One needn't really be a bird expert to tell the difference between male and female cardinals — their distinct physical appearances usually make it pretty clear.
Males of the species sport brilliant crimson plumage, while females don more subdued brownish yellow feathers.
Well, as it turns out, the world of cardinals isn't limited to just these two types. Just ask Shirley Caldwell.
A few weeks back, Caldwell and her husband spotted a new visitor to the backyard of their Pennsylvania home. It was clearly a cardinal, but one who seemed to defy convention — and easy classification.
"There was something abnormal about it," Caldwell told The Dodo. "We finally got a really good look at it this past Saturday and I was able to obtain photos."
This little cardinal had a split coat.
Half the bird appeared male, and the other half female.
"I saw it and thought to myself, 'Holy cow!'" Caldwell recalled.
Caldwell is a birdwatching enthusiast who has done her homework. Based on her past research, she was able to identify the unusual visitor as a "bilateral gynandromorph" — an organism which has split-sex characteristics, making the cardinal essentially both male and female.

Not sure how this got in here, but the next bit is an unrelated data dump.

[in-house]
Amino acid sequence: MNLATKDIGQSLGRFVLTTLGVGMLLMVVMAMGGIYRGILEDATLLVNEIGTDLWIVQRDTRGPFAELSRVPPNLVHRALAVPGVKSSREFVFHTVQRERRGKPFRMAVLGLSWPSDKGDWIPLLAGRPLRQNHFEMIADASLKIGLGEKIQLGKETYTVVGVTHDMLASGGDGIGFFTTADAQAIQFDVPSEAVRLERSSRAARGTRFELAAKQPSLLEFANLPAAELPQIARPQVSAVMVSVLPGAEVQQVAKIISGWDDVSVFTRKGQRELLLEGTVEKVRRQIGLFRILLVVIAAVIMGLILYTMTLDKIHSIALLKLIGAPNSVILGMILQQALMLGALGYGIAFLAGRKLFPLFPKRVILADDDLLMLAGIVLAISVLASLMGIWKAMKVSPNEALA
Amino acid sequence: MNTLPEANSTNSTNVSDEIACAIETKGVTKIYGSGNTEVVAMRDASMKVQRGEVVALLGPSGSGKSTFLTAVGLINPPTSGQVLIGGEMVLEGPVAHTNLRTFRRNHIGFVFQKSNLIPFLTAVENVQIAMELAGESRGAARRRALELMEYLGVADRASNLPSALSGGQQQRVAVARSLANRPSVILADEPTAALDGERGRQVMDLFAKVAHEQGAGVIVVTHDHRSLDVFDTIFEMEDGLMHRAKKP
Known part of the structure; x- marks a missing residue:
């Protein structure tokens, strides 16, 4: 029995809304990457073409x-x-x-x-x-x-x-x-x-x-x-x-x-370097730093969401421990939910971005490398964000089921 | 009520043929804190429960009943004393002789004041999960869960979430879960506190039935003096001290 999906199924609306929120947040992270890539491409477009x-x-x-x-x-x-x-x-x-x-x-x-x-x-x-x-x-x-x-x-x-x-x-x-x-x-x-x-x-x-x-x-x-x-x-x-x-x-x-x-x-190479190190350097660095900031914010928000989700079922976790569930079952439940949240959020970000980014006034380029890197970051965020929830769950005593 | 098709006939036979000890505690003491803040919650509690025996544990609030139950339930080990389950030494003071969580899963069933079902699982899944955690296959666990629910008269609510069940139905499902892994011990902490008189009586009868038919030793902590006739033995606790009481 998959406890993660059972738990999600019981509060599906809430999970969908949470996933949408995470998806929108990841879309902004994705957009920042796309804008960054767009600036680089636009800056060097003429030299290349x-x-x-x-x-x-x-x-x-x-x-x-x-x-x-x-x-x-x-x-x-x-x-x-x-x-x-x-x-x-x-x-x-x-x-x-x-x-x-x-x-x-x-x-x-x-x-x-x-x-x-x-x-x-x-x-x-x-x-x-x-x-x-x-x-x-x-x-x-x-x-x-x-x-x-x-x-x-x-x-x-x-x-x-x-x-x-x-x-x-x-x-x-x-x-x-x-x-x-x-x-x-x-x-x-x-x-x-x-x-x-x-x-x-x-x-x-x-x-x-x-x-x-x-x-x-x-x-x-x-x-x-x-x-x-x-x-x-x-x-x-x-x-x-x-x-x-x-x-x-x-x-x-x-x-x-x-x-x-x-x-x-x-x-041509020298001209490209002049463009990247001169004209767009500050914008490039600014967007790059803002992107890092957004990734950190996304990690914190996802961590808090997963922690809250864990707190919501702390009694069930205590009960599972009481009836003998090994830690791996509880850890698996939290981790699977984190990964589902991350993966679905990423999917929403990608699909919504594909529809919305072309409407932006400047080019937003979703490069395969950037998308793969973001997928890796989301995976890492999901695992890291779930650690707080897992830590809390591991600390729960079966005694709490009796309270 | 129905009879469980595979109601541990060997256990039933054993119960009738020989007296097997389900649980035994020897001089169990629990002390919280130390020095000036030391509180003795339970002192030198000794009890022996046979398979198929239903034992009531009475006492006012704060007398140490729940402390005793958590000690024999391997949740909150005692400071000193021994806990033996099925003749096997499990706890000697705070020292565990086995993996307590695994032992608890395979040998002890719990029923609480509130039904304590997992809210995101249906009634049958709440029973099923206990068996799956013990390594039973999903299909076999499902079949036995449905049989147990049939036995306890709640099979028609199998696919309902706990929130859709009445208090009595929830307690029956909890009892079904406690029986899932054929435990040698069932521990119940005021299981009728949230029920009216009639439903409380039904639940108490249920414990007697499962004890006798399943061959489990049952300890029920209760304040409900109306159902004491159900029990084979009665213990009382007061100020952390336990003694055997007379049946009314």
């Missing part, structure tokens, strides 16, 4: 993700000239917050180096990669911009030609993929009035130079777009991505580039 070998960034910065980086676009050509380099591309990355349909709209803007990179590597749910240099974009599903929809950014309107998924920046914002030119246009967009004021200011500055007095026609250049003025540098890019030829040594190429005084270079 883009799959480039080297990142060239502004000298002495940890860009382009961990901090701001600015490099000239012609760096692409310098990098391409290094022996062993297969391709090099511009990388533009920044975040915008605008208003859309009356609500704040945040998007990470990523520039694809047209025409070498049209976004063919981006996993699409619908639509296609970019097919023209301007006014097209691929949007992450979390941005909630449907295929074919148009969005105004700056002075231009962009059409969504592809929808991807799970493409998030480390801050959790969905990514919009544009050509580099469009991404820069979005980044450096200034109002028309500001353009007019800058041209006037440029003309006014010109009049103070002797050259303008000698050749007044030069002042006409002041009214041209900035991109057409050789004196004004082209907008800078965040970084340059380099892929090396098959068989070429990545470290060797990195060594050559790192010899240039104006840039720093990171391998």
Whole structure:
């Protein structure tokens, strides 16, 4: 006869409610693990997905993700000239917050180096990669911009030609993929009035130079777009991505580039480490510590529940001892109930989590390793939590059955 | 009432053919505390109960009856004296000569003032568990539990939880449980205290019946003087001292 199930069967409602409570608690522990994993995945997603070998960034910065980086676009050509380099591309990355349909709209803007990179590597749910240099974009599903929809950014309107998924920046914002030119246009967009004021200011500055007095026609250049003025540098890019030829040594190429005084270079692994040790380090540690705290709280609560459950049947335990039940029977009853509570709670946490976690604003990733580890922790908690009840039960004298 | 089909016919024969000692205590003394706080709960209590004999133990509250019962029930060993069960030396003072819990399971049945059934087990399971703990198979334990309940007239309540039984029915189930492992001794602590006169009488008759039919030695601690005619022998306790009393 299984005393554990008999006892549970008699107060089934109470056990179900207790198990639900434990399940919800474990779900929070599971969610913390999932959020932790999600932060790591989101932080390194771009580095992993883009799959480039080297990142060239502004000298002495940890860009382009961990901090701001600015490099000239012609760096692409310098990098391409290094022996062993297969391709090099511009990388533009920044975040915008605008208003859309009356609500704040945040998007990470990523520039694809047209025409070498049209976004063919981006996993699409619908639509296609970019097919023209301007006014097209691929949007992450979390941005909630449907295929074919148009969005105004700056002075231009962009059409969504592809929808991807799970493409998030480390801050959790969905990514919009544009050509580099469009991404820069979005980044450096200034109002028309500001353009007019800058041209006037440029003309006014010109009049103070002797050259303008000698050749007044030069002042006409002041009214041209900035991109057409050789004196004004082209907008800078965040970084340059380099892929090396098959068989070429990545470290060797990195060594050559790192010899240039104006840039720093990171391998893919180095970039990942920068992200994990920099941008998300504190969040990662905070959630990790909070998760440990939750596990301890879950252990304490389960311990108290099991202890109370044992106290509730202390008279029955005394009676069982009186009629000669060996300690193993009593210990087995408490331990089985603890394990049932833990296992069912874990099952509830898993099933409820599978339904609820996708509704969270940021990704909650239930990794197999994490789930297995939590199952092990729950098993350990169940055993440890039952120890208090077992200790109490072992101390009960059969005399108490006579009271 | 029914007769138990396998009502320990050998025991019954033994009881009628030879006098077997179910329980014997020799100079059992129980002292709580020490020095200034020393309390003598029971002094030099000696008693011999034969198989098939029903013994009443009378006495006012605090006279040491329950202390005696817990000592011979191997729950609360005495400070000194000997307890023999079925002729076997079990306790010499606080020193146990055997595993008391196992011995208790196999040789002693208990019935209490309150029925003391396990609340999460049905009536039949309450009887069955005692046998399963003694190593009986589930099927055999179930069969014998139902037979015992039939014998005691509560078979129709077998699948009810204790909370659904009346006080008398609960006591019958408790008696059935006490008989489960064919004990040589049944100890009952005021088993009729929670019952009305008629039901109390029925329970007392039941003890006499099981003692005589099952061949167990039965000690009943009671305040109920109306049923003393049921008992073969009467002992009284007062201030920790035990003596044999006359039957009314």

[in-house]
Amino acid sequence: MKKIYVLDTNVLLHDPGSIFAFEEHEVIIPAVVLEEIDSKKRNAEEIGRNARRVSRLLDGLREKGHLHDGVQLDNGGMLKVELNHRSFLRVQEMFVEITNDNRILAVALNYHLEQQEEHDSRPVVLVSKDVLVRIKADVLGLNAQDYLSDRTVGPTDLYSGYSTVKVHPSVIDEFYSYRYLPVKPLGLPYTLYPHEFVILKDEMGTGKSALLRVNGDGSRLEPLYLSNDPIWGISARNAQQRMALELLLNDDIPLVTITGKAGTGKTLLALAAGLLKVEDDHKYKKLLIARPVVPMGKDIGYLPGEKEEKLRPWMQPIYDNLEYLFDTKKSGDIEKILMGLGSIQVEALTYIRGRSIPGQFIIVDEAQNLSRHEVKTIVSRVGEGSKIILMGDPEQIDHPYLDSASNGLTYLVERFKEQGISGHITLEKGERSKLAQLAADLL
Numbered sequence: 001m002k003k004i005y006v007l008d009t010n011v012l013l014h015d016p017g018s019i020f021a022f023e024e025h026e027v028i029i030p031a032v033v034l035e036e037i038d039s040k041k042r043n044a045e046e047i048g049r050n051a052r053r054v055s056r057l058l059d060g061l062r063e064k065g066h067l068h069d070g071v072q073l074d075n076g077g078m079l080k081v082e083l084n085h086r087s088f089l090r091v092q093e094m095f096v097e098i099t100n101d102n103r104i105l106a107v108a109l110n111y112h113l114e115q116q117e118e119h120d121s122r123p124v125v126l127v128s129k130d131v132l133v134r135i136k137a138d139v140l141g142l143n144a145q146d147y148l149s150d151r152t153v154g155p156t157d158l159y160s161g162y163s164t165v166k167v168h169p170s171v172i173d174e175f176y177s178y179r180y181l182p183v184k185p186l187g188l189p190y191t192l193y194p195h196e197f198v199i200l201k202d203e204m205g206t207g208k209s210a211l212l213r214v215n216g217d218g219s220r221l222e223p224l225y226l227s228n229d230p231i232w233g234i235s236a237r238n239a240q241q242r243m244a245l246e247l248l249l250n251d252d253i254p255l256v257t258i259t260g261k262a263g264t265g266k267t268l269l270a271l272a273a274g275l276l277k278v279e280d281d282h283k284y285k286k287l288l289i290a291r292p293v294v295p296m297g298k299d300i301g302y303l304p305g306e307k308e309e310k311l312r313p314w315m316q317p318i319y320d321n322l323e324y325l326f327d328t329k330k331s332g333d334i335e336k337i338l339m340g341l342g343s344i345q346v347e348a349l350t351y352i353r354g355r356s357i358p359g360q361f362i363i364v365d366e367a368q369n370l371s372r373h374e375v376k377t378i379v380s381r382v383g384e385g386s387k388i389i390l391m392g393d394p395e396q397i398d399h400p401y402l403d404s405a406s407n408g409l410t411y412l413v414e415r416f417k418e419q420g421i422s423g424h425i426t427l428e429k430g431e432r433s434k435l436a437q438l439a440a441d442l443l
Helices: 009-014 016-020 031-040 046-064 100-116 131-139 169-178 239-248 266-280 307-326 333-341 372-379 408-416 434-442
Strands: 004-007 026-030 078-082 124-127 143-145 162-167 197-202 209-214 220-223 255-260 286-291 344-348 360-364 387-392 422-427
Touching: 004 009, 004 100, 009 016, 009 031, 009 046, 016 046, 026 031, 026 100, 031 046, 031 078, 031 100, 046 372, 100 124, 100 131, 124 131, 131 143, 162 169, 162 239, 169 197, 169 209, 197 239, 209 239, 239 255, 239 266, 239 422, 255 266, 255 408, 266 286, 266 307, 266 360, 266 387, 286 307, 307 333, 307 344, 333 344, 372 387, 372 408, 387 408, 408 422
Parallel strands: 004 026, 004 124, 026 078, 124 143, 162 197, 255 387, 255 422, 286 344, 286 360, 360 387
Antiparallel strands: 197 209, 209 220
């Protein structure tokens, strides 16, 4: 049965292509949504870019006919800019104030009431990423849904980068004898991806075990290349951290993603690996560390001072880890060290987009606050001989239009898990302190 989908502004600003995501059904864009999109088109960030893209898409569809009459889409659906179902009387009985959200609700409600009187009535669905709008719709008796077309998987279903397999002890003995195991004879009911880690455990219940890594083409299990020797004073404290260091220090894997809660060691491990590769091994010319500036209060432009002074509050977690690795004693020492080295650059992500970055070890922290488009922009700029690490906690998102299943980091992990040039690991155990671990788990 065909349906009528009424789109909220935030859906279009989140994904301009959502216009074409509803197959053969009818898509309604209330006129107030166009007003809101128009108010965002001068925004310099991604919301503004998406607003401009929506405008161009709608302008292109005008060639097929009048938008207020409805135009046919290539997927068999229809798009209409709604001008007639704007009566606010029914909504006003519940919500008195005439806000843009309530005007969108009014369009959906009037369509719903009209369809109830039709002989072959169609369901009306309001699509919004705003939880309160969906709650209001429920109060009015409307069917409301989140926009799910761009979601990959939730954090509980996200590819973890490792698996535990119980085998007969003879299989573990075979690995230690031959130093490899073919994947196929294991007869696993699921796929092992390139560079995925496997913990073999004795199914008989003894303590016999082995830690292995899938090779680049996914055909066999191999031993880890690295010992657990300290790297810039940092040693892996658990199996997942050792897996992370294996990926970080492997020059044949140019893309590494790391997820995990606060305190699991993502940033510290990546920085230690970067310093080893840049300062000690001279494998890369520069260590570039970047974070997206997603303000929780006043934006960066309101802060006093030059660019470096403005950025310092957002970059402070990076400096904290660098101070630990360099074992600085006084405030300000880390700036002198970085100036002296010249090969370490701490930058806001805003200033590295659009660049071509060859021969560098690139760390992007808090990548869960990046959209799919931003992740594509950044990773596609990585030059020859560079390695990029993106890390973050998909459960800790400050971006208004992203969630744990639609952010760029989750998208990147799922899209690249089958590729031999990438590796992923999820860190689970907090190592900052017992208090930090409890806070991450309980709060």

The phenomena can be found in a variety of insects, crustaceans and birds. Here's a breakdown of how it occurs early in development as a result of an egg containing two nuclei.
After Daniel Hooper, at the Cornell Lab of Ornithology, saw Caldwell's photos, he confirmed the discovery.
“This remarkable bird is a genuine male/female chimera,” Hooper told NatGeo.
It's not exactly clear how often this occurs in animals capable of gynandromorphism, as some split-sex bodies are not so easy to notice. Given cardinals' sexual dimorphism, however, it's not easy to miss.
Fortunately, being a little different hasn't seemed to slow down the bird who's been visiting Caldwell's yard.
"It seems to be healthy. It seems to be a good weight, it is eating well," Caldwell said. "It does have a male companion that it travels with. Whether or not they will be able to reproduce is something only nature will know. I'm hoping they continue to hang around."
Caldwell said she's heard some people have been skeptical about her male/female bird sighting, so she has been encouraging folks unfamiliar with gynandromorphism to look into it themselves. After all, she considers herself fortunate to have seen it firsthand.
"I just wanted to share something that was an interest of mine," Caldwell said. "I certainly got lucky."